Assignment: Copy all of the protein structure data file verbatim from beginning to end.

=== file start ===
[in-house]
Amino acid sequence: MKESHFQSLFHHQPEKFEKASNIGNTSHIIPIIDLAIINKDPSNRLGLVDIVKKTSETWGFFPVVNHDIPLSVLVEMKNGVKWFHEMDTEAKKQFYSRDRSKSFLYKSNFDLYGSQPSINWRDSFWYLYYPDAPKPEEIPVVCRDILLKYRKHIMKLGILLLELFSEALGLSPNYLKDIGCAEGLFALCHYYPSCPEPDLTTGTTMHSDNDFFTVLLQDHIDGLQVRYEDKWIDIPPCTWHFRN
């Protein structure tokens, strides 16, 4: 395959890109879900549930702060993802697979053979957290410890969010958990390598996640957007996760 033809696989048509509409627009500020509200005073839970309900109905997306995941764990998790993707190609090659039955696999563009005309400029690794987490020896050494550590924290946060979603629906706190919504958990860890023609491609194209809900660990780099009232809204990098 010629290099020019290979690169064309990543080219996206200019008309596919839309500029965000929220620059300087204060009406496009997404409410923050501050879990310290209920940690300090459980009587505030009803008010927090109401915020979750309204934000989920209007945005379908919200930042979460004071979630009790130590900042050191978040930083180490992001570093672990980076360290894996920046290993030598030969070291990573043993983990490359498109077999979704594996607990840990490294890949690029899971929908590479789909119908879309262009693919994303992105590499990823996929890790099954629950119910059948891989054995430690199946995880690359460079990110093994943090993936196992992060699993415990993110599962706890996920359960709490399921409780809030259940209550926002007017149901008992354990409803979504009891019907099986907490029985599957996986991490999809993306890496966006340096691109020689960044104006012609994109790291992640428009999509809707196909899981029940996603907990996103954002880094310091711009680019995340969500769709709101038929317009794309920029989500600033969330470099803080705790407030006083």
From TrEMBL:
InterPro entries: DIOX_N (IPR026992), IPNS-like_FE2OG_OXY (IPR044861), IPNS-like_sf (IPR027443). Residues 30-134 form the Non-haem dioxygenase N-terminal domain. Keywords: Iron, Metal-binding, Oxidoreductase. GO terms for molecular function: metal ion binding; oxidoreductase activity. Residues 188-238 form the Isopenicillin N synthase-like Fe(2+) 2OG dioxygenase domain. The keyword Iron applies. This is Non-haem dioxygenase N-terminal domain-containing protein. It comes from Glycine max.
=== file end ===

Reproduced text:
[in-house]
Amino acid sequence: MKESHFQSLFHHQPEKFEKASNIGNTSHIIPIIDLAIINKDPSNRLGLVDIVKKTSETWGFFPVVNHDIPLSVLVEMKNGVKWFHEMDTEAKKQFYSRDRSKSFLYKSNFDLYGSQPSINWRDSFWYLYYPDAPKPEEIPVVCRDILLKYRKHIMKLGILLLELFSEALGLSPNYLKDIGCAEGLFALCHYYPSCPEPDLTTGTTMHSDNDFFTVLLQDHIDGLQVRYEDKWIDIPPCTWHFRN
């Protein structure tokens, strides 16, 4: 395959890109879900549930702060993802697979053979957290410890969010958990390598996640957007996760 033809696989048509509409627009500020509200005073839970309900109905997306995941764990998790993707190609090659039955696999563009005309400029690794987490020896050494550590924290946060979603629906706190919504958990860890023609491609194209809900660990780099009232809204990098 010629290099020019290979690169064309990543080219996206200019008309596919839309500029965000929220620059300087204060009406496009997404409410923050501050879990310290209920940690300090459980009587505030009803008010927090109401915020979750309204934000989920209007945005379908919200930042979460004071979630009790130590900042050191978040930083180490992001570093672990980076360290894996920046290993030598030969070291990573043993983990490359498109077999979704594996607990840990490294890949690029899971929908590479789909119908879309262009693919994303992105590499990823996929890790099954629950119910059948891989054995430690199946995880690359460079990110093994943090993936196992992060699993415990993110599962706890996920359960709490399921409780809030259940209550926002007017149901008992354990409803979504009891019907099986907490029985599957996986991490999809993306890496966006340096691109020689960044104006012609994109790291992640428009999509809707196909899981029940996603907990996103954002880094310091711009680019995340969500769709709101038929317009794309920029989500600033969330470099803080705790407030006083």
From TrEMBL:
InterPro entries: DIOX_N (IPR026992), IPNS-like_FE2OG_OXY (IPR044861), IPNS-like_sf (IPR027443). Residues 30-134 form the Non-haem dioxygenase N-terminal domain. Keywords: Iron, Metal-binding, Oxidoreductase. GO terms for molecular function: metal ion binding; oxidoreductase activity. Residues 188-238 form the Isopenicillin N synthase-like Fe(2+) 2OG dioxygenase domain. The keyword Iron applies. This is Non-haem dioxygenase N-terminal domain-containing protein. It comes from Glycine max.